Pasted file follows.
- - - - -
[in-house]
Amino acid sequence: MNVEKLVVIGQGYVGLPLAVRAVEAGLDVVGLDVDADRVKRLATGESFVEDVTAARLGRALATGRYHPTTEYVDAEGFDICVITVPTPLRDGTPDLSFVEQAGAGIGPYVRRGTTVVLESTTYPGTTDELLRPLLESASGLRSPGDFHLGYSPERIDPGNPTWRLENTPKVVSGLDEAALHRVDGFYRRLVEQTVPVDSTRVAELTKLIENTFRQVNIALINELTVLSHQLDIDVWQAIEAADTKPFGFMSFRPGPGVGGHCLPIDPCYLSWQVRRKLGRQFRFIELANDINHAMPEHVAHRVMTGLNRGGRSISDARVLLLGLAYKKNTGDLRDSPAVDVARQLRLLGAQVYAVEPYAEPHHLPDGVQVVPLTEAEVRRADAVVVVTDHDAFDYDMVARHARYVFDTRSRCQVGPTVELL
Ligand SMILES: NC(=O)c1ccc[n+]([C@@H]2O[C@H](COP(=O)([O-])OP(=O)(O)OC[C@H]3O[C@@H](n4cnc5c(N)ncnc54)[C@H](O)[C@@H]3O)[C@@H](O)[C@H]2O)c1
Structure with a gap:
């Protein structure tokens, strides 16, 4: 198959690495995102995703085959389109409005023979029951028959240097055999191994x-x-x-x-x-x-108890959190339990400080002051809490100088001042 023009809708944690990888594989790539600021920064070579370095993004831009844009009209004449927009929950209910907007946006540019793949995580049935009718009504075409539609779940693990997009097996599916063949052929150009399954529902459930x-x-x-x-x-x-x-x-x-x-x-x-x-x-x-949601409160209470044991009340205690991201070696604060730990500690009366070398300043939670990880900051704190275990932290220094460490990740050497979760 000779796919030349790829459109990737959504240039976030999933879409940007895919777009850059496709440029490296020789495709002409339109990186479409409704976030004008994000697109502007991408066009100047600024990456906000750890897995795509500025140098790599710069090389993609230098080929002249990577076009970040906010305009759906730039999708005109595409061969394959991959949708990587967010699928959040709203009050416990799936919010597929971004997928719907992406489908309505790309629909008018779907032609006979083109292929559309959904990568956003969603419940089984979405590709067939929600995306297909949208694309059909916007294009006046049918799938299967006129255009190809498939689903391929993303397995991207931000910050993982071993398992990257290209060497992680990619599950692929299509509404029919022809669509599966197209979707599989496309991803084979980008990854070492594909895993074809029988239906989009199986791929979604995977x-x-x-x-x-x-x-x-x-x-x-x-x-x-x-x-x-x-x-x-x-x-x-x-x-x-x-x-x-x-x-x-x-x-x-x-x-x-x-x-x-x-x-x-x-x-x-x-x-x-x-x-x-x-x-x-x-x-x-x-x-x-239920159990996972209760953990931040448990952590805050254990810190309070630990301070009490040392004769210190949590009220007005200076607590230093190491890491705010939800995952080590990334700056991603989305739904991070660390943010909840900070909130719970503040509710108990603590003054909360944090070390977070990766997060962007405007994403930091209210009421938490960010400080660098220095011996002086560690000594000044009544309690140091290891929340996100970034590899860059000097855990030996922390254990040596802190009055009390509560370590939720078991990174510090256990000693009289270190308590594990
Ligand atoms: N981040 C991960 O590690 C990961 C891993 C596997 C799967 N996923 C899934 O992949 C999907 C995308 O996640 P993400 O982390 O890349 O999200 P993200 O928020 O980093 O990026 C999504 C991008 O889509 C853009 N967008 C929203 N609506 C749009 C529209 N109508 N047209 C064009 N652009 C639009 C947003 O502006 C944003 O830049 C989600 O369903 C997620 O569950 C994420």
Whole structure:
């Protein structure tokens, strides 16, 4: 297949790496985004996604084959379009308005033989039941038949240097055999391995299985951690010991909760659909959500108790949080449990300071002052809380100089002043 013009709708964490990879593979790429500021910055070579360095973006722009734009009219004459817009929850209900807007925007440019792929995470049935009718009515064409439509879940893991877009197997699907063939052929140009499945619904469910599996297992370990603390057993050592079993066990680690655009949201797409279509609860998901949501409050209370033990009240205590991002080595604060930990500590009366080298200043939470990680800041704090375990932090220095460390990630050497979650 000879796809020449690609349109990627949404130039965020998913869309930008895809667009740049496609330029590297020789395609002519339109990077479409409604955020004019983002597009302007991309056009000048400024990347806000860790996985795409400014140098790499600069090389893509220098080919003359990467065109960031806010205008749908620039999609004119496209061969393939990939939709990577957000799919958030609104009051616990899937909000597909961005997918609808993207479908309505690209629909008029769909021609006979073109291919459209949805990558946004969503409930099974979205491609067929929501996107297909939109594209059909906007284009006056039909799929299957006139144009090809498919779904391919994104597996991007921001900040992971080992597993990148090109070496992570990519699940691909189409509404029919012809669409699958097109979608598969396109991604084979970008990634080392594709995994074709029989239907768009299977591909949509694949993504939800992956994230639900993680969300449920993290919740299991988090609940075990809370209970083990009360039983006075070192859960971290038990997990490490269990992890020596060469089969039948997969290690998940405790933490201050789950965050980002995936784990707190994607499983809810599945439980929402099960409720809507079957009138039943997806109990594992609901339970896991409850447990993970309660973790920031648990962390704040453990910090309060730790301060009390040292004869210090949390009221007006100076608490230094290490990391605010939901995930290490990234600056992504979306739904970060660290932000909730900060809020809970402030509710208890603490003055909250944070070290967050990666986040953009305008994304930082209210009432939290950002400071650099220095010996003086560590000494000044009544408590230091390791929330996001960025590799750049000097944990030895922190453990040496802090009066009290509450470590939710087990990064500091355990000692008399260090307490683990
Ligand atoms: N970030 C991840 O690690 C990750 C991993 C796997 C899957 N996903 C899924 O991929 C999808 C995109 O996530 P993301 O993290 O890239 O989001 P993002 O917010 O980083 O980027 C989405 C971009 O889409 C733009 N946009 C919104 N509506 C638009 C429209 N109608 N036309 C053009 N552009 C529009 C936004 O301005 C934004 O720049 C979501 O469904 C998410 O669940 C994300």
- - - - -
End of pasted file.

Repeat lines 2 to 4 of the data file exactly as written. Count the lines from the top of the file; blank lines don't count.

Amino acid sequence: MNVEKLVVIGQGYVGLPLAVRAVEAGLDVVGLDVDADRVKRLATGESFVEDVTAARLGRALATGRYHPTTEYVDAEGFDICVITVPTPLRDGTPDLSFVEQAGAGIGPYVRRGTTVVLESTTYPGTTDELLRPLLESASGLRSPGDFHLGYSPERIDPGNPTWRLENTPKVVSGLDEAALHRVDGFYRRLVEQTVPVDSTRVAELTKLIENTFRQVNIALINELTVLSHQLDIDVWQAIEAADTKPFGFMSFRPGPGVGGHCLPIDPCYLSWQVRRKLGRQFRFIELANDINHAMPEHVAHRVMTGLNRGGRSISDARVLLLGLAYKKNTGDLRDSPAVDVARQLRLLGAQVYAVEPYAEPHHLPDGVQVVPLTEAEVRRADAVVVVTDHDAFDYDMVARHARYVFDTRSRCQVGPTVELL
Ligand SMILES: NC(=O)c1ccc[n+]([C@@H]2O[C@H](COP(=O)([O-])OP(=O)(O)OC[C@H]3O[C@@H](n4cnc5c(N)ncnc54)[C@H](O)[C@@H]3O)[C@@H](O)[C@H]2O)c1
Structure with a gap: